When it comes to the NFL draft, there's always plenty to argue about. And there's never a shortage of opinions to go along with the many questions that always seem to come up this time of year.
How important is the scouting combine? Is it better to have a high pick in the early rounds or multiple picks in later rounds? Is there really such a thing as a safe pick?
Scout's Inc.'s Todd McShay and Jeremy Green debate these questions and more. We'll leave it up to you to decide who makes more sense.
[/FONT] If you take quarterbacks out of the equation, would you take WR Calvin Johnson or OT Joe Thomas with the No. 1 overall pick?
Ordinarily, I would take the elite offensive tackle over the elite wide receiver with the No. 1 pick. But there's nothing ordinary about Johnson's game-breaking pro potential. He possesses freakish natural ability, including a rare combination of size (6-5, 239 pounds), speed (4.39 in the 40) and leaping ability (42½-inch vertical leap). It was obvious Johnson was a man playing among boys in college -- even as a true freshman full-time starter in 2004. In three seasons for the Yellow Jackets, Johnson racked up 2,927 yards and 28 touchdowns on 178 receptions. Just think if he were teamed with a quarterback who could complete 50 percent or more of his passes?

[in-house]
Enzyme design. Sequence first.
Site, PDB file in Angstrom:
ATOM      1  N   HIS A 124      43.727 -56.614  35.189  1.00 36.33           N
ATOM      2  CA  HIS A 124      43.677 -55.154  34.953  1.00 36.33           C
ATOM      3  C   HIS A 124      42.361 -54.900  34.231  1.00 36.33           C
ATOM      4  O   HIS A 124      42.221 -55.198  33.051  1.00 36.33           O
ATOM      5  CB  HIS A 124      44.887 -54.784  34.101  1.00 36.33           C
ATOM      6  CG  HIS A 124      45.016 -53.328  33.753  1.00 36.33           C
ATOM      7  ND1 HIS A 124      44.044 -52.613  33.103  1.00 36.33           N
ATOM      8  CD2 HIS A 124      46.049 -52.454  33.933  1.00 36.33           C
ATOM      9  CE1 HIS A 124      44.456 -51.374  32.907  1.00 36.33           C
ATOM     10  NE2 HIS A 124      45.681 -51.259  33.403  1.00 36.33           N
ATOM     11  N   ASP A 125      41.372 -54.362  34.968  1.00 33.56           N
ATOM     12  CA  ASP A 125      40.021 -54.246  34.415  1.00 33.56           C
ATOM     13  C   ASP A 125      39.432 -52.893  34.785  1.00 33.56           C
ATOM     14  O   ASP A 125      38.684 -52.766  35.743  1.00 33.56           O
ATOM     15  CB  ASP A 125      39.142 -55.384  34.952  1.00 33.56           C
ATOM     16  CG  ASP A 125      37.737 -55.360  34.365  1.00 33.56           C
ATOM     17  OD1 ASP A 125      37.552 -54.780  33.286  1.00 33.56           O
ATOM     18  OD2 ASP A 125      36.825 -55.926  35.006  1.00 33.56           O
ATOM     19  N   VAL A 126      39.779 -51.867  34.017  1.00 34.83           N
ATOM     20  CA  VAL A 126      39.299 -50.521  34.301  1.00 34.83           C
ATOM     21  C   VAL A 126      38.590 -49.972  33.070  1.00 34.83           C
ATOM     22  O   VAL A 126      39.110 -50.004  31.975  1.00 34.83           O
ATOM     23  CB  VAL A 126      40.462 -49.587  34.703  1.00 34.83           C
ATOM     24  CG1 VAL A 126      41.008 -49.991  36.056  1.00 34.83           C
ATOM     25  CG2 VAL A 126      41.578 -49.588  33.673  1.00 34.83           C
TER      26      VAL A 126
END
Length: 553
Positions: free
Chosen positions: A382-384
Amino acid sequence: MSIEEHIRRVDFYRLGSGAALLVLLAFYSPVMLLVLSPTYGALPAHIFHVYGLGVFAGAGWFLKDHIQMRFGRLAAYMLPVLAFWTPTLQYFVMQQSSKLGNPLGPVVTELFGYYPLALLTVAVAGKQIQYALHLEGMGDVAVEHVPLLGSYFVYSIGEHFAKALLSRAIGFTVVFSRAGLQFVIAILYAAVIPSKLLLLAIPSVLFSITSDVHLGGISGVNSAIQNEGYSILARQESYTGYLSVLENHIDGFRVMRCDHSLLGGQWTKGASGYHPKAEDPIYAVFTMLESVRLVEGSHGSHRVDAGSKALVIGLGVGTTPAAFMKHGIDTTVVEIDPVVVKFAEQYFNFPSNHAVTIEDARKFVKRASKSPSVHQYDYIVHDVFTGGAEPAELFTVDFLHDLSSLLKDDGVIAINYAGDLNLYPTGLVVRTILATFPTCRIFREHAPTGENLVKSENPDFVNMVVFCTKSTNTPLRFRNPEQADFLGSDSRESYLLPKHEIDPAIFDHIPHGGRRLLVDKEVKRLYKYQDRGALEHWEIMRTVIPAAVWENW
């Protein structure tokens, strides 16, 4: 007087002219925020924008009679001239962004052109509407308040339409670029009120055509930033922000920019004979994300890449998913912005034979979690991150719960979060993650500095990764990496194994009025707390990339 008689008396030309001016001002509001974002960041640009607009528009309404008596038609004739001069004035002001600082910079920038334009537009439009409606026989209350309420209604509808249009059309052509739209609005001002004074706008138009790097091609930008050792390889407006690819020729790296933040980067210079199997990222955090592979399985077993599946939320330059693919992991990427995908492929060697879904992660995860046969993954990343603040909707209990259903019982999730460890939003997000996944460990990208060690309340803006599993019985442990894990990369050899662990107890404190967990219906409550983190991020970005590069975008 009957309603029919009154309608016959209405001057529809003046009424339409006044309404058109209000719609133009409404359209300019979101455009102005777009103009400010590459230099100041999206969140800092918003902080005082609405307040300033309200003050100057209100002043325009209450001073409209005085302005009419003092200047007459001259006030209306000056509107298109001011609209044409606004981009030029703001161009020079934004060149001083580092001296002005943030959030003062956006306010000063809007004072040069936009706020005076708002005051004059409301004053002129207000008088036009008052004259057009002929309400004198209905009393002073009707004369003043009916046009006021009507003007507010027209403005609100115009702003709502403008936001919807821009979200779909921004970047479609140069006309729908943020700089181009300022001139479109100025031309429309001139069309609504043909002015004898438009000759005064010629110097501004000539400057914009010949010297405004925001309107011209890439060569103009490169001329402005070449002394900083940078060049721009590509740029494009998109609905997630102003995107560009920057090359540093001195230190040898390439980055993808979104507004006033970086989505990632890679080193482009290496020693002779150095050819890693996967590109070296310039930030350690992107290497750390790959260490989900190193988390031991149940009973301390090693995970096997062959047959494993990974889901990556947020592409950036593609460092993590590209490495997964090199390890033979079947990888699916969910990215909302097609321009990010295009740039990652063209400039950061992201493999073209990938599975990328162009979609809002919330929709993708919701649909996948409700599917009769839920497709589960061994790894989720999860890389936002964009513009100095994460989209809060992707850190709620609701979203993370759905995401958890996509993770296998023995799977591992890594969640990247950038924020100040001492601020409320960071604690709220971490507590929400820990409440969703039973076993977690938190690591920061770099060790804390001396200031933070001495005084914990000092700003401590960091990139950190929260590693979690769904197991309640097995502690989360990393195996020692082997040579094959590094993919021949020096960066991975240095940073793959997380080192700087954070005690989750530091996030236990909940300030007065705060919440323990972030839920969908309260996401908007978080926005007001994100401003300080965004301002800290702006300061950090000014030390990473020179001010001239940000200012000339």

People can compare him to Terrell Owens
and Randy Moss
as much as they like, but they're wrong. Johnson is faster than Owens and more physical than Moss -- and he's a better person than both of them combined. In talking to coaches, teammates, agents and even TV producers he has crossed paths with along the way, I have yet to hear a negative remark regarding Johnson's work ethic, personality or character.